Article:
by Stefano Picciaredda*
- A persuasive appeal
The pandemic has not spared the lands in war, where “worst is yet to come”. For this reason, the General Secretary of the United Nations Organization Antonio Guterres re-launched on April 3rd 2020 his appeal for a global ceasefire, which received support from many religious leaders, including Pope Francis. “There should be only one fight in our world today, our shared battle against Covid 19”, added Guterres. In the appeal of March 23rd he had used similar explicit, direct and effective expressions. He recalled that “the virus does not care about nationality or ethnicity, faction or faith because it attacks all, relentlessly”. Moreover, “women and children, people with disabilities, the marginalized and the displaced pay the highest price”. In summary, therefore, “the fury of the virus illustrates the folly of war”.
Guterres had therefore called for an “immediate global ceasefire in all corners of the world to help create corridors for life-saving aid. To open precious windows for diplomacy. To bring hope to places among the most vulnerable to Covid 19”.
Six days later, Pope Francis, in the speech delivered at the end of the Angelus prayer, had promptly associated himself with the appeal, inviting “everyone to follow it”. And he had added:
May our joint fight against the pandemic bring everyone to recognize the great need to reinforce brotherly and sisterly bonds as members of a single human family. In particular, may it inspire a renewed commitment to overcome rivalries among the leaders of nations and the parties involved. Conflicts cannot be resolved through war! Antagonism and differences must be overcome through dialogue and a constructive search for peace.
These pages focus on some scenarios of sub-Saharan Africa, the continent where most of the wars currently taking place on the planet are fought. I will try to illustrate the effects of the Guterres-Bergoglio appeal in local situations, effects obtained thanks to the commitment of Catholics, and I will try to understand if this has led to a turning point for pacification and a decrease of violence. Such initiatives undoubtedly belong to Catholics, from hierarchy to associations, to the faithful, and the commitment to restore peace must be a priority concern for Christians.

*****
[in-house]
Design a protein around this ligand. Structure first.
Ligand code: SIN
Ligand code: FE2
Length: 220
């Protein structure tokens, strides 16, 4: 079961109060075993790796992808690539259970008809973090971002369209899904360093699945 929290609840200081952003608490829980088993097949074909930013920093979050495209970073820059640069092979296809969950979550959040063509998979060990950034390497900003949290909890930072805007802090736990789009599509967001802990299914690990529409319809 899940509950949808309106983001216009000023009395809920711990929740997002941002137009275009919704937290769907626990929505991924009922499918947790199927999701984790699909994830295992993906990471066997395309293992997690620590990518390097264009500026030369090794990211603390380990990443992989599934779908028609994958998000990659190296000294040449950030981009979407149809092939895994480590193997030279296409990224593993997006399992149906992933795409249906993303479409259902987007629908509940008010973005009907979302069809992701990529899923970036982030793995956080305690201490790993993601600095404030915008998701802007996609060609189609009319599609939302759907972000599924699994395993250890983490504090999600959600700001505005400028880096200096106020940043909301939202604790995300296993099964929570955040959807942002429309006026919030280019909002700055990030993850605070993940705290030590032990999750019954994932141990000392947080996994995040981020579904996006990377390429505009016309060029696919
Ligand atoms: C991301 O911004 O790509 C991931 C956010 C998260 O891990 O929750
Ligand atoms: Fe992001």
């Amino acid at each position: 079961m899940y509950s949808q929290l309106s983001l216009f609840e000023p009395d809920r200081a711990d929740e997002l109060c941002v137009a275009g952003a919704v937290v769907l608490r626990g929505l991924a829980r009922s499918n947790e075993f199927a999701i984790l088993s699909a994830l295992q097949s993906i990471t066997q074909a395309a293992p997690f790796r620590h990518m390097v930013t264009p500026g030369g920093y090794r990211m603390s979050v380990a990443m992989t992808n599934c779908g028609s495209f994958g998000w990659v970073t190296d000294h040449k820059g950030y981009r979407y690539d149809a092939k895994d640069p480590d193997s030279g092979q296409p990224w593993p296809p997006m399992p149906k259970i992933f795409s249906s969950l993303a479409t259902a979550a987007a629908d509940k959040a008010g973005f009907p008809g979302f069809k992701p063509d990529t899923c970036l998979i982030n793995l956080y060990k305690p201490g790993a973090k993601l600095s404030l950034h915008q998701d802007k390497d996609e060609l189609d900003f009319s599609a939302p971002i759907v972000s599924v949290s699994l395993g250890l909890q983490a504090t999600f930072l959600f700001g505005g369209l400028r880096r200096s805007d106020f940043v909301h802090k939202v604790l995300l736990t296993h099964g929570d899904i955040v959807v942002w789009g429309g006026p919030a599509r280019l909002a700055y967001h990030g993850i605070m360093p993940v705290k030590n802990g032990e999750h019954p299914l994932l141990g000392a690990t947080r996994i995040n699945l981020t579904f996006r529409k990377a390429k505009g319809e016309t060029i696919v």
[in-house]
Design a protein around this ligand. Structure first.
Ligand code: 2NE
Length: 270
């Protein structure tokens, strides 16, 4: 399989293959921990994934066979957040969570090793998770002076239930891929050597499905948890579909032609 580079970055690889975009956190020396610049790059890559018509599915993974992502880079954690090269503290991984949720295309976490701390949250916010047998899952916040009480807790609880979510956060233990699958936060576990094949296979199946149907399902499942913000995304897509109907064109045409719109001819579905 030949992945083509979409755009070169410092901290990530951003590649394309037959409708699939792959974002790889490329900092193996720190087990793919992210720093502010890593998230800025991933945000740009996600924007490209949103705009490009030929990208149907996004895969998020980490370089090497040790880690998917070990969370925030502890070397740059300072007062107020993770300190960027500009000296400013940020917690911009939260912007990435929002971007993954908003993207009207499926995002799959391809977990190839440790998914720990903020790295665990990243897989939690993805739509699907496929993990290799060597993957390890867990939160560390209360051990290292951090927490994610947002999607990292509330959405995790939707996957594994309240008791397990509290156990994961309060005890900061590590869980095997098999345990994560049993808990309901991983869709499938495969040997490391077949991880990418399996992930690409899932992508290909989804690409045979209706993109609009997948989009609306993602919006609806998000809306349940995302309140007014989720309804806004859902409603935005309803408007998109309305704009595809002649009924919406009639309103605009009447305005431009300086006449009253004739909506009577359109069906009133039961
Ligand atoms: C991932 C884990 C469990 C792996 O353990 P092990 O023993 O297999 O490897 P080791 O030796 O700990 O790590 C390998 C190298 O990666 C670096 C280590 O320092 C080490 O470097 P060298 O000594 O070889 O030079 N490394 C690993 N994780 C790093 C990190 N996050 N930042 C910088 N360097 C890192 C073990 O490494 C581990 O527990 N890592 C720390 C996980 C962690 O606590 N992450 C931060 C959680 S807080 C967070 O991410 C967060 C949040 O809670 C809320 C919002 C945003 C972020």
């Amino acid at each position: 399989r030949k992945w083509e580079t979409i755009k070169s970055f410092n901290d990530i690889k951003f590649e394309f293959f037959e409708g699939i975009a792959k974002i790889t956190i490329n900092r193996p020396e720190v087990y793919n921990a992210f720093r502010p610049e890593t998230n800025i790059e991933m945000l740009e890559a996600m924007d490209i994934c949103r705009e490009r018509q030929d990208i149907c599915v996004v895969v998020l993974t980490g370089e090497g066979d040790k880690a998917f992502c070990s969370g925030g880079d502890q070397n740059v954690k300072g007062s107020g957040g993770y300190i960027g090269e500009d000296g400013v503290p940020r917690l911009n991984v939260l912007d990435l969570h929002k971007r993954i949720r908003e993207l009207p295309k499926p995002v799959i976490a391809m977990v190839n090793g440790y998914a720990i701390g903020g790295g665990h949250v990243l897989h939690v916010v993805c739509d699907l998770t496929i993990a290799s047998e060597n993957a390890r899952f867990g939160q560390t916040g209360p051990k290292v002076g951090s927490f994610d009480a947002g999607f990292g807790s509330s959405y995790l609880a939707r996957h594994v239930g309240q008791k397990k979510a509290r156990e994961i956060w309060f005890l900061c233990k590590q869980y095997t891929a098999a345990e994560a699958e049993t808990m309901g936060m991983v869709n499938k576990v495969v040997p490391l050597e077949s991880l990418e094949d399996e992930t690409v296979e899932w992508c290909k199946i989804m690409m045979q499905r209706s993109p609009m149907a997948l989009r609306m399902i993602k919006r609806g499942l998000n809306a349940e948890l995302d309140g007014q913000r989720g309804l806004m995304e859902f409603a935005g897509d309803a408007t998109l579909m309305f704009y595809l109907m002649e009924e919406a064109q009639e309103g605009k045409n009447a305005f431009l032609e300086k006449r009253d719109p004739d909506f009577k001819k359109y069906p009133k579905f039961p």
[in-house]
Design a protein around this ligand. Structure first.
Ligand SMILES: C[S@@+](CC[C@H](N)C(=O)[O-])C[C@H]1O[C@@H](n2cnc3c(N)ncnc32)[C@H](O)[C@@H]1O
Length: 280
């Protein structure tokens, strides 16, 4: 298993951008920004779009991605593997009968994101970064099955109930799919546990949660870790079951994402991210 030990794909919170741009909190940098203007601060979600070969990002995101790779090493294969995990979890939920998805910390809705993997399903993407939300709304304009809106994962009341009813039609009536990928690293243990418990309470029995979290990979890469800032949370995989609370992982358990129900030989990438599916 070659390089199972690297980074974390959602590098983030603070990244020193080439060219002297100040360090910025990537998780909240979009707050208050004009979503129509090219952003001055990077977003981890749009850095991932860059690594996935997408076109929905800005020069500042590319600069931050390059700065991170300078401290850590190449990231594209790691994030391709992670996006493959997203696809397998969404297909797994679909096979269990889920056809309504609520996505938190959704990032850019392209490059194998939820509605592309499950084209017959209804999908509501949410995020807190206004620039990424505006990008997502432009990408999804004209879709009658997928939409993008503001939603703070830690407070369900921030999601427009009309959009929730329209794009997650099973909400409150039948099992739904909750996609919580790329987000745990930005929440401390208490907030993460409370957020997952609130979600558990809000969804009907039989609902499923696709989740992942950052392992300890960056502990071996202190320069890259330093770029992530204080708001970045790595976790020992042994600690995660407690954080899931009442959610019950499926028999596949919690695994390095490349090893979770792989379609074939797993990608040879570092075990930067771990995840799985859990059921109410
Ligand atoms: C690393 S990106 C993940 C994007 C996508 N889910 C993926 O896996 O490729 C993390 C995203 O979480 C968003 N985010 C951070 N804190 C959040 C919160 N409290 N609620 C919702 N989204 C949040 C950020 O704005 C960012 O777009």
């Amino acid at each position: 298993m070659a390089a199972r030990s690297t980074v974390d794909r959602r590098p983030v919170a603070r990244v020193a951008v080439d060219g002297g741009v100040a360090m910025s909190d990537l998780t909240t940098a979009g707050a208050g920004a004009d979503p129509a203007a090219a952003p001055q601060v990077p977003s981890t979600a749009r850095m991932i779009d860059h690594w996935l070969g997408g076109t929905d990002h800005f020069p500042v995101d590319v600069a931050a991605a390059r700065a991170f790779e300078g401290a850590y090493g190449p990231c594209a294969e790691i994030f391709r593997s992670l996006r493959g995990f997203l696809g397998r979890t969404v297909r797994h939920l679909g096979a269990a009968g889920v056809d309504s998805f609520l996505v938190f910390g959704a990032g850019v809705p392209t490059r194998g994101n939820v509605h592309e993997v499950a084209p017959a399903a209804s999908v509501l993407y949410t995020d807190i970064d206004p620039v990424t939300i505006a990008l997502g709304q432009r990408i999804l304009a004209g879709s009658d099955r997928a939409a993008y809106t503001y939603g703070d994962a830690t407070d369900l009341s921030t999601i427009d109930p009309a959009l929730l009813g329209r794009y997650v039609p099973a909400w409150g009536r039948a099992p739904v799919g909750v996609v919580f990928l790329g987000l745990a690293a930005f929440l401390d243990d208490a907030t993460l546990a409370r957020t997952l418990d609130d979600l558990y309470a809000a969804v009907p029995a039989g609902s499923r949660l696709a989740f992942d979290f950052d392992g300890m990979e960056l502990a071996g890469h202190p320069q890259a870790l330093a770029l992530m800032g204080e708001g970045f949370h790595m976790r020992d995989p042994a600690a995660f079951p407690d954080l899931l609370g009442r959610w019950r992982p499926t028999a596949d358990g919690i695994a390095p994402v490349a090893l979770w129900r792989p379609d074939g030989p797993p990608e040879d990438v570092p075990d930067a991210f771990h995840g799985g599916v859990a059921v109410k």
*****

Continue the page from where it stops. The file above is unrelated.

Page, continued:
Pope Francis has reiterated this on several occasions, and he himself has given an example through his action for peace in the Central African Republic and in South Sudan. The current pope also asked that the commitment to peace always have an ecumenical and possibly interreligious character, that is, Catholics could involve other confessions and other religions in the work for reconciliation. There is a long lasting tradition that has to be remembered. Such as the recent involvement of bishops and episcopal conferences in the democratization and pacification processes in Africa, started in the late 1980s. The apostolic exhortation Africae Munus (2011), at the end of the second Synod for Africa in 2009, is also significantly explicit, with the subtitle On the Church in Africa in service to reconciliation, justice and peace.
The appeal also seemed to be a way of not allowing the realities of wars currently underway to slide further into oblivion, especially the ones that are more distant, gangrenous and of “low intensity”, in an era in which almost all media and public opinion attentions and concerns are focused on the trend of the pandemic, and on the economic consequences of it.
2.At war for language. The Cameroon case
The case of Cameroon helps to understand the intertwining of conflict and pandemic. For three years a civil war has been blooding the English-speaking regions in the southwest of the country. Outpatient clinics were few before the war. But many health centers have been closed, due to military attacks and to the escape of doctors. Today, people do not know where to turn if the symptoms of the infection occur, or if they get sick of any other pathology. It is estimated that at least one million Cameroonians have been forced to abandon cities and villages, and most of them have taken refuge in the forests. When the government decided to suspend humanitarian and commercial flights, due to the Covid emergency, supplies for humanitarian organizations could no longer be shipped, and the emergency has become more serious.